Range Extended: India's Missile Program
Earlier this month, India successfully tested the surface to surface 3,500 Km range Agni-IV ballistic missile setting the platform to acquire Inter Continental Ballistic Missile (ICBM) capabilities via the Agni-V that brings even northern China into range, writes Siddharth Srivastava.
(Above): File photo of the Agni-III missile on display at India’s Republic Day parade.
Following the success of Agni-IV, India has announced that its first ICBM, the Agni-V, will be test fired “within the December-February time-frame.” So far ICBMs, with capability to strike targets 5,500 Km away, are possessed by select countries like the United States, China, Britain and Russia.
Agni program director Avinash Chander said that Agni-V would be ready for induction to the armed forces by 2014, while Agni-IV will be operational by 2013 after two to four more “repeatable” tests. “Our aim is to take just two to three years from the first test to the induction phase,” he said.
Explaining the strategy behind India’s missile program, the chief of DRDO, the nodal federal body that oversees the country’s indigenous arms development, V.K. Saraswat said, “We are not looking at how many missiles China or Pakistan has. With a ‘no first-use’ nuclear weapons policy, we only want a sufficient number of missiles to defend the country in the event of a crisis. Ours is a defensive-mode strategy, even if others have offensive postures.”
India’s two-decade-old ballistic missile program capable of delivering nuclear warheads, has mostly aimed to nullify the threat from immediate neighbor Pakistan.
India’s Agni missile series are the result of decade long research. DRDO claims it is built with nearly 95-98% indigenous technology, though Indian scientists are known to copy readily available blueprints from Russia.
In the recent past, however, there have been strong indications that New Delhi is keen to extend this program to bring within its attack ambit, China. While Prithvi and shorter versions of Agni missile series cover Pakistan, Agni III and beyond is part of India’s efforts to guard against China.
The ICBM is referred by Indian officials and scientists as “China Killer” due to its ability to target cities such as Beijing, Shanghai and reach the northern most tips of the country.
Earlier this year, Air Chief Marshal P.V. Naik (now retired) said India’s rising global stature demands developing ICBM and long range attack capabilities possessed by elite nations.
(Above): Agni program director Avinash Chander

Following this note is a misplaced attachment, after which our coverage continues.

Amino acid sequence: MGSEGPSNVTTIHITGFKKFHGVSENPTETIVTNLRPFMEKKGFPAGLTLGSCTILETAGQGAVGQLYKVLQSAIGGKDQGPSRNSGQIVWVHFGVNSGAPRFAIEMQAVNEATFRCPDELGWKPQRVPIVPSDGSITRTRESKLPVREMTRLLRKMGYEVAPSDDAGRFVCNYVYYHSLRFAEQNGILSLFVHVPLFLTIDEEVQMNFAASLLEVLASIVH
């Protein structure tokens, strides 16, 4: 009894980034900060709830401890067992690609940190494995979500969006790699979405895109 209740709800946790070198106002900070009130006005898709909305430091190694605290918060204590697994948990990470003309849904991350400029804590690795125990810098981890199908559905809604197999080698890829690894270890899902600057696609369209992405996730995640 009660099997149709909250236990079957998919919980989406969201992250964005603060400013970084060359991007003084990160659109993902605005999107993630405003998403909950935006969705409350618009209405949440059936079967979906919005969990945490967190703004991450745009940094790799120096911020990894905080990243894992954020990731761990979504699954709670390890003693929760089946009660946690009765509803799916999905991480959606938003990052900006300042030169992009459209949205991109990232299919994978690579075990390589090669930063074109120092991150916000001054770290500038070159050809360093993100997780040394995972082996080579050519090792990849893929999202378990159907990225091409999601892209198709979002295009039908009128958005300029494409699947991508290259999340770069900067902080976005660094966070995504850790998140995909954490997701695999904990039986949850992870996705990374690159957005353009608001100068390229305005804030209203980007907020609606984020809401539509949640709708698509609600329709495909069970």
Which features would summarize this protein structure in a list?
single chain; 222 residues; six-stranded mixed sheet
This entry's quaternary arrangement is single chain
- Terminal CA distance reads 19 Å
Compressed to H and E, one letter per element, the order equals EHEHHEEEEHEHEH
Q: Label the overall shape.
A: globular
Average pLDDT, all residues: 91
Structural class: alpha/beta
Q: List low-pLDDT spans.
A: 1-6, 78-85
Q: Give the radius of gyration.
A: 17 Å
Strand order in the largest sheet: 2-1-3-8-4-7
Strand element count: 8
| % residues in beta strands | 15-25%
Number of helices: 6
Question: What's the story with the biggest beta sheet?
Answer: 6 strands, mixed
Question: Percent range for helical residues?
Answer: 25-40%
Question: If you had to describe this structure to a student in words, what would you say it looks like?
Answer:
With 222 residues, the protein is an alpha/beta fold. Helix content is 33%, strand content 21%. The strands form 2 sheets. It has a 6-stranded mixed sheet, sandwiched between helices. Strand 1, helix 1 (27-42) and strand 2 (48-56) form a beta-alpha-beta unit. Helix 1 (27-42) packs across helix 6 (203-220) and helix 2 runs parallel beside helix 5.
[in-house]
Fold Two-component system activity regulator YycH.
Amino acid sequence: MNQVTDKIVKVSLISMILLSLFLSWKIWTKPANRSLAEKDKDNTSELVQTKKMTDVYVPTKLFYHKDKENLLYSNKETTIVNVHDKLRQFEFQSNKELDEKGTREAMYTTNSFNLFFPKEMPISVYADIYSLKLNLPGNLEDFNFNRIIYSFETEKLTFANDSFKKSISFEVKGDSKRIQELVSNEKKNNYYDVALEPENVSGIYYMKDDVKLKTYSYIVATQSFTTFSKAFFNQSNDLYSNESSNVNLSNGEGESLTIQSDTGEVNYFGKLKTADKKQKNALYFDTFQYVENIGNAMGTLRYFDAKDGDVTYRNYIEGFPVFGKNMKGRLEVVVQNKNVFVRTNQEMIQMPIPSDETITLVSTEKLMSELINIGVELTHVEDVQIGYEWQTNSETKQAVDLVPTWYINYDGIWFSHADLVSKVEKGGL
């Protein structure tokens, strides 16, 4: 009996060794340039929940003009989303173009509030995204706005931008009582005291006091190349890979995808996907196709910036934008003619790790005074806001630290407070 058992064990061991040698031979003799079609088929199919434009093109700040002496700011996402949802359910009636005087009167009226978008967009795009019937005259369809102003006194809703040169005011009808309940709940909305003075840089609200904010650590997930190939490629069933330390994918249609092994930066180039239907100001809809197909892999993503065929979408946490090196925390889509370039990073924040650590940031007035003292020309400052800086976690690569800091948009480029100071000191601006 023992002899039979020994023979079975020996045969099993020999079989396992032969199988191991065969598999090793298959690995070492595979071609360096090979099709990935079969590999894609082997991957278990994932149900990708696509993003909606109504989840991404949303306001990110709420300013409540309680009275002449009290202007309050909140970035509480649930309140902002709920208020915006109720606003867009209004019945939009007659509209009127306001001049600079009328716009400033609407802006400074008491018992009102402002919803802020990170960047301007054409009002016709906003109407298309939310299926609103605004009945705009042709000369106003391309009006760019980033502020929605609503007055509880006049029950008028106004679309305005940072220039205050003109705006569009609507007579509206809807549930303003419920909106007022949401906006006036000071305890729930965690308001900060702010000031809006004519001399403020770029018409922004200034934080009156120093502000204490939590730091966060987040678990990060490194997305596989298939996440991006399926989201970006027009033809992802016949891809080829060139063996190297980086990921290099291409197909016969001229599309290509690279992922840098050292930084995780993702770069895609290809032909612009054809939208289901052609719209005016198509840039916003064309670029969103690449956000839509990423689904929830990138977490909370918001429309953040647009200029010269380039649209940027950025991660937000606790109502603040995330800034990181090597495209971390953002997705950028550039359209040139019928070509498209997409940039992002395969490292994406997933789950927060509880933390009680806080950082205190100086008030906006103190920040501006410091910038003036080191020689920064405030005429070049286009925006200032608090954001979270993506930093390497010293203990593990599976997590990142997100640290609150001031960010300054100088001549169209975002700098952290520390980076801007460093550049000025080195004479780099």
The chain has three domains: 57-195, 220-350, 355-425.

“India should pursue an ICBM program to acquire ranges of 10,000 km or even more. Breaking out of the regional context is important as the country’s sphere of influence grows. We have no territorial designs on any country, but India needs the capability to match its sphere of influence,” Naik said.
Coincidentally India’s deepening interest in ICBMs has happened even as the United States has opened its defense armaments market, including dual use technology, for Indian use, definitely moving away from a sanctions’ ridden policy paradigm that harked by to the Cold War era when India was aligned with the erstwhile Soviet Union.
Events such as the 1999 Kargil War during which the country nearly went to war with Pakistan and the November 2008 Mumbai terror attacks orchestrated by Pakistan-based Lashkar-e-Toiba terrorists, have only heightened India’s insecurities and refine its ability to attack and protect itself.
Since the Mumbai attacks in November 2008, India has also accelerated its ballistic missile defense (BMD) program to protect against a sudden missile attack, possibly nuclear tipped, particularly from rogue elements in Pakistan.
The BMD expertise can also be extended to space to protect India’s remote and communication satellites especially in the context of China conducting an anti-satellite test in 2007, in what is seen as a potential “star wars” arms race between the two Asian nations, with the United States strategically sided with India.
Yet, India has a long way before it can match up to China’s arsenal, with its missiles capable of delivering payloads up to 14,000 kms, essentially covering most of the globe. Pakistan is no bunny either with its missile program actively promoted by China. The country has test-fired the Shaheen-2, which is a 2,000 Km range ballistic missile.
Pakistan, meanwhile, continues to receive military largess from the U.S. as a partner in the global war against terror, though India has for long held that such stock piling of weapons only add to instability in the region.
New Delhi feels that U.S.-supplied armaments to Pakistan are more potent against a conventional enemy rather than the amorphous terror networks that also spread over Afghanistan and need effective intelligence and pin pointed operations, such as the one that killed Osama Bin-Laden, to neutralize.
India has thus been implementing a massive defense modernization effort over the past few years. Given the country’s incipient domestic abilities to manufacture military hardware, most arms are being imported, though the missile program remains an indigenous effort that maps successes in India’s space program.
In its latest report, Swedish think tank Stockholm International Peace Research Institute, has said that India is the biggest arms importer in the world and in the process overtaken China, though Indian observers say that a major portion of Beijing’s arms budget continues to be hidden, secret and unknown to the world.